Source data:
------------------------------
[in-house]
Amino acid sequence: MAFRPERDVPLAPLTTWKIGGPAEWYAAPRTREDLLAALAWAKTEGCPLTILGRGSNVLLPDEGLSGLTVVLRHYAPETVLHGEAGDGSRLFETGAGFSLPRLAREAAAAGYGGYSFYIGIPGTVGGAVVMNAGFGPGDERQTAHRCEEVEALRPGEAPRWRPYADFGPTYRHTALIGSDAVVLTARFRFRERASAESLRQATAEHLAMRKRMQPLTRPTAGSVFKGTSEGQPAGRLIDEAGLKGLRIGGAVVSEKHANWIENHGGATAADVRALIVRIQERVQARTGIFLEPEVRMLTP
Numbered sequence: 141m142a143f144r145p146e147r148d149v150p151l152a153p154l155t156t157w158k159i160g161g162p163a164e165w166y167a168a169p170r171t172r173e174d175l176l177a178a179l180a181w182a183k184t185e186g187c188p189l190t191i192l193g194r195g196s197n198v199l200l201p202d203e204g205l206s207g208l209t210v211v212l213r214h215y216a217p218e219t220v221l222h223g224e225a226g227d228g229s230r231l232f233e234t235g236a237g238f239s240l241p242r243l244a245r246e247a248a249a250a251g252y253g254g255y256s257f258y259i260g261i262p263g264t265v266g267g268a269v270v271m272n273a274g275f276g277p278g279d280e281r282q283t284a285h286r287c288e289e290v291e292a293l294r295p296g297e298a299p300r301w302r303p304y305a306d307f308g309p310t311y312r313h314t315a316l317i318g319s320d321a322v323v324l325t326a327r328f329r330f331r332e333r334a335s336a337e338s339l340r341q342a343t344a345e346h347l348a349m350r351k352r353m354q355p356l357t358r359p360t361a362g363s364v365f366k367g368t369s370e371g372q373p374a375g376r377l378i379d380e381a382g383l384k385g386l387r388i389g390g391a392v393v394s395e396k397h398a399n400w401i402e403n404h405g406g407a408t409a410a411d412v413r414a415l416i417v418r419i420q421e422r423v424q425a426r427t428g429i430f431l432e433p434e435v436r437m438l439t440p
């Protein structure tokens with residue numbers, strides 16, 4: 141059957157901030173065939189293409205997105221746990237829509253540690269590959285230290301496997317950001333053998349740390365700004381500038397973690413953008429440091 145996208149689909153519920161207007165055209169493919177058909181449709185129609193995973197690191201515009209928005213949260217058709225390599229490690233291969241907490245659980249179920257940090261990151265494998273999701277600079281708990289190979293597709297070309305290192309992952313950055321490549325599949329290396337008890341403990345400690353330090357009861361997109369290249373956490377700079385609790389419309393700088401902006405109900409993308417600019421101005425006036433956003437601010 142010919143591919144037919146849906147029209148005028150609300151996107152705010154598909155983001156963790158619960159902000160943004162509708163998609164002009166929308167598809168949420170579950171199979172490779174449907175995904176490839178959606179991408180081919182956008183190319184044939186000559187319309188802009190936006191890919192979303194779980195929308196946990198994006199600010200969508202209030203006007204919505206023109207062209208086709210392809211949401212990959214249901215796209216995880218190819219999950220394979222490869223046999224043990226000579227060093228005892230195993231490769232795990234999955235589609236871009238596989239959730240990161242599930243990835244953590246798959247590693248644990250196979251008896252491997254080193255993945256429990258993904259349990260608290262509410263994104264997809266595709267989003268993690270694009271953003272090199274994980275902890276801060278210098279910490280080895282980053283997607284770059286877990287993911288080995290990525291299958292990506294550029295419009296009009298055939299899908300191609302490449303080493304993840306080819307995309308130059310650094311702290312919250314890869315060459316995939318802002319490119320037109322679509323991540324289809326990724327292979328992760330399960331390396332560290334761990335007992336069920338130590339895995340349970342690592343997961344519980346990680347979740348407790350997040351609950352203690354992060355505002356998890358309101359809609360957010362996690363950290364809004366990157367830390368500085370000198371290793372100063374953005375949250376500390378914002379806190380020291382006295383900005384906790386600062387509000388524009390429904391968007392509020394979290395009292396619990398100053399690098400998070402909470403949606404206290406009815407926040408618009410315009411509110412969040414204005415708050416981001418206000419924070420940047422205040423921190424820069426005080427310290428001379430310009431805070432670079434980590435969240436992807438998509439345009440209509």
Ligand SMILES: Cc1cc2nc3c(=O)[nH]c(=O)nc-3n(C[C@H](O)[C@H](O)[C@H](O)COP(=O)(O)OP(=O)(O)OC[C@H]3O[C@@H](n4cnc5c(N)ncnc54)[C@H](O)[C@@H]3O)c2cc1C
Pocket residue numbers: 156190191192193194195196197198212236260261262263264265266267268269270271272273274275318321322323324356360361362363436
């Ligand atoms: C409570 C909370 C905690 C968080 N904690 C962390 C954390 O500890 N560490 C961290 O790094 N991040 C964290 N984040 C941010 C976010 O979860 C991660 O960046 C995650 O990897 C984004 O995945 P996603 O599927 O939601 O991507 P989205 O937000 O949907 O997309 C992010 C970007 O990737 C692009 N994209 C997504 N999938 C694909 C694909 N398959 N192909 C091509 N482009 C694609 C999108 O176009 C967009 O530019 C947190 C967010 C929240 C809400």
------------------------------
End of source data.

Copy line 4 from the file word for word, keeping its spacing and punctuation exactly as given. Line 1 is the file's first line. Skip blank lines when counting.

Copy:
């Protein structure tokens with residue numbers, strides 16, 4: 141059957157901030173065939189293409205997105221746990237829509253540690269590959285230290301496997317950001333053998349740390365700004381500038397973690413953008429440091 145996208149689909153519920161207007165055209169493919177058909181449709185129609193995973197690191201515009209928005213949260217058709225390599229490690233291969241907490245659980249179920257940090261990151265494998273999701277600079281708990289190979293597709297070309305290192309992952313950055321490549325599949329290396337008890341403990345400690353330090357009861361997109369290249373956490377700079385609790389419309393700088401902006405109900409993308417600019421101005425006036433956003437601010 142010919143591919144037919146849906147029209148005028150609300151996107152705010154598909155983001156963790158619960159902000160943004162509708163998609164002009166929308167598809168949420170579950171199979172490779174449907175995904176490839178959606179991408180081919182956008183190319184044939186000559187319309188802009190936006191890919192979303194779980195929308196946990198994006199600010200969508202209030203006007204919505206023109207062209208086709210392809211949401212990959214249901215796209216995880218190819219999950220394979222490869223046999224043990226000579227060093228005892230195993231490769232795990234999955235589609236871009238596989239959730240990161242599930243990835244953590246798959247590693248644990250196979251008896252491997254080193255993945256429990258993904259349990260608290262509410263994104264997809266595709267989003268993690270694009271953003272090199274994980275902890276801060278210098279910490280080895282980053283997607284770059286877990287993911288080995290990525291299958292990506294550029295419009296009009298055939299899908300191609302490449303080493304993840306080819307995309308130059310650094311702290312919250314890869315060459316995939318802002319490119320037109322679509323991540324289809326990724327292979328992760330399960331390396332560290334761990335007992336069920338130590339895995340349970342690592343997961344519980346990680347979740348407790350997040351609950352203690354992060355505002356998890358309101359809609360957010362996690363950290364809004366990157367830390368500085370000198371290793372100063374953005375949250376500390378914002379806190380020291382006295383900005384906790386600062387509000388524009390429904391968007392509020394979290395009292396619990398100053399690098400998070402909470403949606404206290406009815407926040408618009410315009411509110412969040414204005415708050416981001418206000419924070420940047422205040423921190424820069426005080427310290428001379430310009431805070432670079434980590435969240436992807438998509439345009440209509």